Budweiser sued by Native American tribe in North Carolina over trademarked logo and slogan

Budweiser has apologized for using a trademarked slogan and symbol of the Lumbee Tribe of North Carolina without permission.

Budweiser has apologized for using a trademarked slogan and symbol of the Lumbee Tribe of North Carolina without permission.

In the wake of a pending trademark infringement lawsuit, a North Carolina-based Anheuser-Busch beer distributor has taken down advertising that angered members of the Lumbee Tribe.

On Tuesday, the Lumbee Tribe of North Carolina filed a federal lawsuit against Anheuser-Busch, accusing the beer giant of illegally using the tribe’s logo and its “Heritage, Pride & Strength” slogan in convenience store advertisements for Budweiser and Bud Light. 

In the complaint, filed in the Eastern District of North Carolina, attorneys for the Lumbees say Anheuser-Busch used the tribe’s logo and slogan, without permission, above beer coolers in Lumberton and Raeford, N.C.--  leaving a false impression of an affiliation between the tribe, Anheuser-Busch and the local beer distributor R.A. Jeffreys Distributing Company.

The convenience store banners are used “in a way that many members of the tribe find offensive because alcohol abuse is often associated with Native American culture,” the lawsuit states.

The trademarked Lumbee logo is a black circle divided into four equal quadrants of different colors--  yellow represents the east, red is the south, black is the west and white is the north. A Lumbee Pine Cone Patchwork surrounds the Circle of Life, representing four qualities of a balanced life – the spiritual, emotional, physical and intellectual.

On Wednesday, Lisa Derus, a spokeswoman for Anheuser-Busch, issued a statement on behalf of R.A. Jeffreys, saying the store had since removed the offending materials that contained the Lumbee logo and slogan, reports The News & Observer.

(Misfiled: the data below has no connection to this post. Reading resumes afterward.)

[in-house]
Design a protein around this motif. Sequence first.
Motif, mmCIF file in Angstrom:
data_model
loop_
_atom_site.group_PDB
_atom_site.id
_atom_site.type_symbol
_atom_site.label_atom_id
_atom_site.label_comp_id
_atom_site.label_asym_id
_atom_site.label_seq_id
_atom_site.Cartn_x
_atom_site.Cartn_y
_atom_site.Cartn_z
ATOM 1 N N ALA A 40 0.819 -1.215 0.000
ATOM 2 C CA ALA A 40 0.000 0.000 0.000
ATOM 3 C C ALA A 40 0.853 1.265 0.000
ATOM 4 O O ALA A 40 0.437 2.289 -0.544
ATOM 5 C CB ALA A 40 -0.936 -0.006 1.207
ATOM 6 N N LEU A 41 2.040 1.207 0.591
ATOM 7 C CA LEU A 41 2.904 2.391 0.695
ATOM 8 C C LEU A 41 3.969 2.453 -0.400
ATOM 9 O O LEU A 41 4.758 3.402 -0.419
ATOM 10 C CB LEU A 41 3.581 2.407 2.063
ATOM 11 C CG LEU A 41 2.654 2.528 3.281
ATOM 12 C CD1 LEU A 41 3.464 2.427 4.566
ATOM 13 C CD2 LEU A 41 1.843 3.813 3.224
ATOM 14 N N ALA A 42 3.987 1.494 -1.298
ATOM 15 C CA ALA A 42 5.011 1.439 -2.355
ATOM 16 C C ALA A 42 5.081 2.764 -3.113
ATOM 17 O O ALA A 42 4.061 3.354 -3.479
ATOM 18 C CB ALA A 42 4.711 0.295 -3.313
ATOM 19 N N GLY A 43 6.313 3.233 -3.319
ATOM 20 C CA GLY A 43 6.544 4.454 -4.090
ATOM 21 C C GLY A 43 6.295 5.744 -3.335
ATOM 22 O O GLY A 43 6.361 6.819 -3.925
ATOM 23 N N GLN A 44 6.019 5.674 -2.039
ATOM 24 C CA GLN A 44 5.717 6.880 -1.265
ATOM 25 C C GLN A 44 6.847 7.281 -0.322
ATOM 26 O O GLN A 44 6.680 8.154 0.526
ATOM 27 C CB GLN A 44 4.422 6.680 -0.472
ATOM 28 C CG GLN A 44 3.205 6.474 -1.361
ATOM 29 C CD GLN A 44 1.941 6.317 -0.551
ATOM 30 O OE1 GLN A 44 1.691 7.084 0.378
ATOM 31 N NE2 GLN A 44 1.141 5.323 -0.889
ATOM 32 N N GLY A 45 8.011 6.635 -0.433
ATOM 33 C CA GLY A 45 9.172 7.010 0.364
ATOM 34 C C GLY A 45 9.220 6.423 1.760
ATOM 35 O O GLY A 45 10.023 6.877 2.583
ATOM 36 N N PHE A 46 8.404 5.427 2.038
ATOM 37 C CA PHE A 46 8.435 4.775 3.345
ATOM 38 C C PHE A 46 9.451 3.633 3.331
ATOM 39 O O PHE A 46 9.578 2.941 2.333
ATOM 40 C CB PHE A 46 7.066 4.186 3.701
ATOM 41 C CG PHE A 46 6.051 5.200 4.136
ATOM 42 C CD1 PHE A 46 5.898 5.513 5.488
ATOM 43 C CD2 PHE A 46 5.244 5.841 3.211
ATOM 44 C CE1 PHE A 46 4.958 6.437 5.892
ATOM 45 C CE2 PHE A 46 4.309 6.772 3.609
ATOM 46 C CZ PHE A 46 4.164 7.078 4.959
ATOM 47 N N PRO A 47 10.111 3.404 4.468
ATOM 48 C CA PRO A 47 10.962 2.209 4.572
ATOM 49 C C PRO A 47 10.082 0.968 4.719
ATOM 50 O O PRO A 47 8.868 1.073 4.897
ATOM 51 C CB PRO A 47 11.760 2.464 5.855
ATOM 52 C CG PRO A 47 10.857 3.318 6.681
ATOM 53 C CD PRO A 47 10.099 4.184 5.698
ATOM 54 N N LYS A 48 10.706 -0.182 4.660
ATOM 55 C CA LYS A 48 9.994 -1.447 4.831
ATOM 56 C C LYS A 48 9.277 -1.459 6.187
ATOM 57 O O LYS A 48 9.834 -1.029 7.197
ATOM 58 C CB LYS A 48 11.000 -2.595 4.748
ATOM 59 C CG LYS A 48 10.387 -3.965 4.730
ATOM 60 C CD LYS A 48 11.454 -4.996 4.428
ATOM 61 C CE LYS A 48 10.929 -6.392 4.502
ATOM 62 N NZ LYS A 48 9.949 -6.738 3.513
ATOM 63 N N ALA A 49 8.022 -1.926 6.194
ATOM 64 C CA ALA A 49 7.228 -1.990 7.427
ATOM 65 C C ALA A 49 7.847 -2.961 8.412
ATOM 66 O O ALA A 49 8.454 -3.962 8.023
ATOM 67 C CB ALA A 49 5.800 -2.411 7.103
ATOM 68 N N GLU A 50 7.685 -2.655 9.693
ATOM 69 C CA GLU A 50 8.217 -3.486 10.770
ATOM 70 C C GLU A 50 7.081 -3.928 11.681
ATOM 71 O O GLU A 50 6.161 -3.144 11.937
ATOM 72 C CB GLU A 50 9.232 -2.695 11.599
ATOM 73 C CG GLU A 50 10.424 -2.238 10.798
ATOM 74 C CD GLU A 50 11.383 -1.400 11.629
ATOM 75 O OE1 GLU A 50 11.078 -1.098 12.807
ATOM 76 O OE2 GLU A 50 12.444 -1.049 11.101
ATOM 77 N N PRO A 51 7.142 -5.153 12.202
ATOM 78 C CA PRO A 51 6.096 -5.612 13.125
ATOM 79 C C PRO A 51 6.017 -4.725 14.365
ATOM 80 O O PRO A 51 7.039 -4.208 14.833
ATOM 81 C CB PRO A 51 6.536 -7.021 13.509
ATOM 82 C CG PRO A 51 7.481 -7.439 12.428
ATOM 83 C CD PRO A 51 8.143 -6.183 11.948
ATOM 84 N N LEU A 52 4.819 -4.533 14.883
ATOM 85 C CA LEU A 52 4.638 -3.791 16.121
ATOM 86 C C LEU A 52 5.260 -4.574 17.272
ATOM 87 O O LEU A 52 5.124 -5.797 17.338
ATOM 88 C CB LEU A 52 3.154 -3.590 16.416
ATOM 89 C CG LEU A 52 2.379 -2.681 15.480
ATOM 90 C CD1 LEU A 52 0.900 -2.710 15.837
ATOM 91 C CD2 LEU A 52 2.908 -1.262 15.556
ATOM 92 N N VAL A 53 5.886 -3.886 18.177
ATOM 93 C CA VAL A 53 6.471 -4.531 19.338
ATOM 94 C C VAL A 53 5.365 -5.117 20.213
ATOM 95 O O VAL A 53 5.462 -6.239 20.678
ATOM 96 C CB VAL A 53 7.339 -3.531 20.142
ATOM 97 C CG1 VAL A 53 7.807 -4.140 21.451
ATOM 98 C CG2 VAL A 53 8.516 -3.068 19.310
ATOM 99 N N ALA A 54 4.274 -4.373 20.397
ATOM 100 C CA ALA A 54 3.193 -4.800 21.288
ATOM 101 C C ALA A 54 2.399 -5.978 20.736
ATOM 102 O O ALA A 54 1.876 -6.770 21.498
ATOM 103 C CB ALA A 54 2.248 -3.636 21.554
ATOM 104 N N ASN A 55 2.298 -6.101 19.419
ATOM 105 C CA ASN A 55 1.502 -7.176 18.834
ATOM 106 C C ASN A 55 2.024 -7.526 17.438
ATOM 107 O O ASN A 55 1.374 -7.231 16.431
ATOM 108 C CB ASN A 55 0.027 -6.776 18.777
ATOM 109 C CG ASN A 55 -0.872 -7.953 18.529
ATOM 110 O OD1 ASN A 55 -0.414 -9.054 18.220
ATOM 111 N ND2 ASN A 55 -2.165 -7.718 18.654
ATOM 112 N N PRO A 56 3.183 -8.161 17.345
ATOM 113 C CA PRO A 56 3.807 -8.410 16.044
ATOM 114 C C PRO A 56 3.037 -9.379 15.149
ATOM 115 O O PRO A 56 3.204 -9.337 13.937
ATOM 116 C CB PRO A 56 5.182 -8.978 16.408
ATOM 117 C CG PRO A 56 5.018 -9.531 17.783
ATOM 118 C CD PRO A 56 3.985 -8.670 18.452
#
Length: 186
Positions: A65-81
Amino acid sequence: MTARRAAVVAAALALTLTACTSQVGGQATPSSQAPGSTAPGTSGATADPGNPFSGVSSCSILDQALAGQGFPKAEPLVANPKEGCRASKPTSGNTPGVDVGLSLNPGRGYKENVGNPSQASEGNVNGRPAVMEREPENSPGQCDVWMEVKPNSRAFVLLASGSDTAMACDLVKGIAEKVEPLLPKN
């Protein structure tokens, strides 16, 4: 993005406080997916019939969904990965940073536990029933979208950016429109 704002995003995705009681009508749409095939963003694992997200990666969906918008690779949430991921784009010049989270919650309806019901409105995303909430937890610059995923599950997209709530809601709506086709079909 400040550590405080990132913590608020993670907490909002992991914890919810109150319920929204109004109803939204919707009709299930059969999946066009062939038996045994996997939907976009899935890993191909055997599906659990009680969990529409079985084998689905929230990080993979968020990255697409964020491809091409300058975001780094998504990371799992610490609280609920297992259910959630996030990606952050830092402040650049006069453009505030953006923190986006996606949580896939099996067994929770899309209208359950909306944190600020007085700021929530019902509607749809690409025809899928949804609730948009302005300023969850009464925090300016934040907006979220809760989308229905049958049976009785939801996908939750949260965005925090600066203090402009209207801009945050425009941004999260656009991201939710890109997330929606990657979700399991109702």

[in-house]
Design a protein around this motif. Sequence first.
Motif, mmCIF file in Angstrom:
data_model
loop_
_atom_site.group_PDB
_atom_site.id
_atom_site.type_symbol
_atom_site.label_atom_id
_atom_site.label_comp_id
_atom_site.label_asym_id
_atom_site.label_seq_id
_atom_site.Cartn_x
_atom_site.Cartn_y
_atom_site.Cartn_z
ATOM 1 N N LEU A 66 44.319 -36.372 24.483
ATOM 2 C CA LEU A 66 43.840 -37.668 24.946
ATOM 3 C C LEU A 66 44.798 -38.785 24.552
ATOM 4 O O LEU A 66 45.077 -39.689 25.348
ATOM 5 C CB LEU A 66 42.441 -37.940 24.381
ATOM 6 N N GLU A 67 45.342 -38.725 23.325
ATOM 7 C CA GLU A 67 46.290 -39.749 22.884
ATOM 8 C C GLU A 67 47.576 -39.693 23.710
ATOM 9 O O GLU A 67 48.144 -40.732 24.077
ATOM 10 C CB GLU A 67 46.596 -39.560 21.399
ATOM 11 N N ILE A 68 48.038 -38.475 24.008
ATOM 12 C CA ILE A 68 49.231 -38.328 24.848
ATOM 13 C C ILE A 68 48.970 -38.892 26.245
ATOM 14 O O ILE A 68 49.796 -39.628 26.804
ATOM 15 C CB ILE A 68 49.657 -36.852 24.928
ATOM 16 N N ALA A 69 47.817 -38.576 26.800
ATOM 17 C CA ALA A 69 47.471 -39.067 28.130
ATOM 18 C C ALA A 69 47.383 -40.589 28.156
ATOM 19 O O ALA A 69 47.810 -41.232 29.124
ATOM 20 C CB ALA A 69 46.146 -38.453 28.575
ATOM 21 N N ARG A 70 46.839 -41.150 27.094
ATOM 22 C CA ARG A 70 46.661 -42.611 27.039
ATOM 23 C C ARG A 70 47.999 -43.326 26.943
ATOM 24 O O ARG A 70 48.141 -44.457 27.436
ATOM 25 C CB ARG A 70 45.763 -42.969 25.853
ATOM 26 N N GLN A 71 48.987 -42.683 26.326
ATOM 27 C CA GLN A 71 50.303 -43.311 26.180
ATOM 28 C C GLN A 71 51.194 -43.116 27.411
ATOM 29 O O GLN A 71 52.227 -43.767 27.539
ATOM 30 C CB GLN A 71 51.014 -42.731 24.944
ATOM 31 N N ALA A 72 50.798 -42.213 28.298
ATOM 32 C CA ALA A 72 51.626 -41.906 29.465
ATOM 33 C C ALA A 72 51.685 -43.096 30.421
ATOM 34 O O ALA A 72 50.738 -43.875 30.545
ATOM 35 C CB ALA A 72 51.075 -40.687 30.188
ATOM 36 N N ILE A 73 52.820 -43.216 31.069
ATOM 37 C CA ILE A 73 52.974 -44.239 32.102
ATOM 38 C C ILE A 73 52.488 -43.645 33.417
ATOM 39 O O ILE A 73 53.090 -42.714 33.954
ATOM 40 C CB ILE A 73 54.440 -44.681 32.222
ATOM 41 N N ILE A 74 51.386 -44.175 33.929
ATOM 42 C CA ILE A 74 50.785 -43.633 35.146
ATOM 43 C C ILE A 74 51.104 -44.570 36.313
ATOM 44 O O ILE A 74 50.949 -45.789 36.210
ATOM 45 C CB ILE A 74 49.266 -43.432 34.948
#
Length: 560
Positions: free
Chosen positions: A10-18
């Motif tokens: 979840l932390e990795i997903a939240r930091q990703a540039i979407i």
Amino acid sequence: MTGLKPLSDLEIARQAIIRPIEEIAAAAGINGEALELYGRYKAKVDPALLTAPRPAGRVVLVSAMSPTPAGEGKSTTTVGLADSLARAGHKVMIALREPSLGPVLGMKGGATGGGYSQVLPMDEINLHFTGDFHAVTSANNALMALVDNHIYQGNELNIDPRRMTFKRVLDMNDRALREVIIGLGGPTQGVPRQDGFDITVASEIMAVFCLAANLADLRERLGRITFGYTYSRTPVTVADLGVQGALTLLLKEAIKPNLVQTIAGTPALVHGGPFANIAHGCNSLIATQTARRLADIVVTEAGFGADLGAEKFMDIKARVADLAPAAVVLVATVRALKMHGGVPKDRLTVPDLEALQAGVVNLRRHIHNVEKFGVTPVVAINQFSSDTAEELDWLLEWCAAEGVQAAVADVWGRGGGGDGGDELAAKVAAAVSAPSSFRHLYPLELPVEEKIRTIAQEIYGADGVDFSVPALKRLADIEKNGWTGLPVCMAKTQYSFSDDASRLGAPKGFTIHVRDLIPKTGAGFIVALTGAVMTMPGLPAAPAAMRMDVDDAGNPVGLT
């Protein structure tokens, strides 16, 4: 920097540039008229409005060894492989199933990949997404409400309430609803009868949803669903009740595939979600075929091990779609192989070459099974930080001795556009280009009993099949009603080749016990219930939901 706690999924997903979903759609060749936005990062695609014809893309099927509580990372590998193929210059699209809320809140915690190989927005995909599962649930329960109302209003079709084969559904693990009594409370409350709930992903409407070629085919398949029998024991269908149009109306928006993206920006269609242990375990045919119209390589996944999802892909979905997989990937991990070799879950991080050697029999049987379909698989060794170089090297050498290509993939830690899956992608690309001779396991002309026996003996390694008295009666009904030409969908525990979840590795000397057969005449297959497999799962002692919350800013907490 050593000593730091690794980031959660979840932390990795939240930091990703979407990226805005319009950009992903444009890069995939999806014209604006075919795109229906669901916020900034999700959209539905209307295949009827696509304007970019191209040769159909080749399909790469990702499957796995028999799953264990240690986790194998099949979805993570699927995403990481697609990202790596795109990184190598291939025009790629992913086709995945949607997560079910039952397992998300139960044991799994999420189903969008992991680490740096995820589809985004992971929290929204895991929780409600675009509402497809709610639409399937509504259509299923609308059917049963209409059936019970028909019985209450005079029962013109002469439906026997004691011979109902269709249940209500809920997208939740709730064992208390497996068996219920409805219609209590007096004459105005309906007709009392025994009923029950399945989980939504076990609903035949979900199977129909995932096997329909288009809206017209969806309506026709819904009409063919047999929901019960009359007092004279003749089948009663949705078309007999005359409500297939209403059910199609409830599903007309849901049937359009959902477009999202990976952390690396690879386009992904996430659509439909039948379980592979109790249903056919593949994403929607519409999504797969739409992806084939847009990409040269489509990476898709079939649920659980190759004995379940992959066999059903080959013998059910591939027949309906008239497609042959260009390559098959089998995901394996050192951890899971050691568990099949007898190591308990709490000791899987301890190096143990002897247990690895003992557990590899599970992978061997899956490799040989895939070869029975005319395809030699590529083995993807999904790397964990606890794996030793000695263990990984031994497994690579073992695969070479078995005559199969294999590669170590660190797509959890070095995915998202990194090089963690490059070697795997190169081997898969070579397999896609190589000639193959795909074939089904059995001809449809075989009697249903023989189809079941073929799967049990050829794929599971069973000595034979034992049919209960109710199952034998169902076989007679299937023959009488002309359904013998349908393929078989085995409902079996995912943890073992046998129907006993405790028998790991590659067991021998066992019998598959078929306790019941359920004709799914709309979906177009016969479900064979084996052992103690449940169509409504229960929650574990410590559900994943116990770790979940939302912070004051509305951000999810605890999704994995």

“R.A. Jeffreys regrets any offense that may have been taken to the use of the materials in which the Lumbee Tribe claims an interest, and R.A. Jeffreys will not make any further use of such materials unless specifically permitted to do so by the Lumbee Tribe. R.A. Jeffreys values and respects the heritage of the communities in which its customers live and work.”

Anheuser-Busch also issued its own apology the day after attorneys representing the Lumbee Tribe filed the suit.

“Our wholesalers often implement local marketing efforts on behalf of our brands. The wholesaler responsible for these signs removed them shortly after a complaint was brought to its attention, and has since expressed its regrets. Anheuser-Busch respects the Lumbee Tribe and likewise regrets that this occurred.”

The Lumbees have approximately 55,000 enrolled members and have been recognized by the state of North Caroline since 1885.

The lawsuit contends that irreparable damage was caused to the tribe by the distributor using the banners but, as of Thursday, lawyers representing the Lumbees have not announced whether the suit will be dropped.

In a Facebook post last week, Harvey Godwin, the Lumbee tribal chairman, informed  the community that the Budweiser maker and the distributor had never been authorized to use the tribe’s symbol for advertising purposes.

“As alcohol and drug abuse are often associated with Native American culture, the use of the Lumbee tribal brand and an image of a Native American dancer in an advertisement promoting an alcohol product is viewed as particularly offensive to Lumbee People,” Godwin posted. “As your Lumbee Tribal Chairman, I vow to make sure those responsible for this offensive ad will be held accountable.”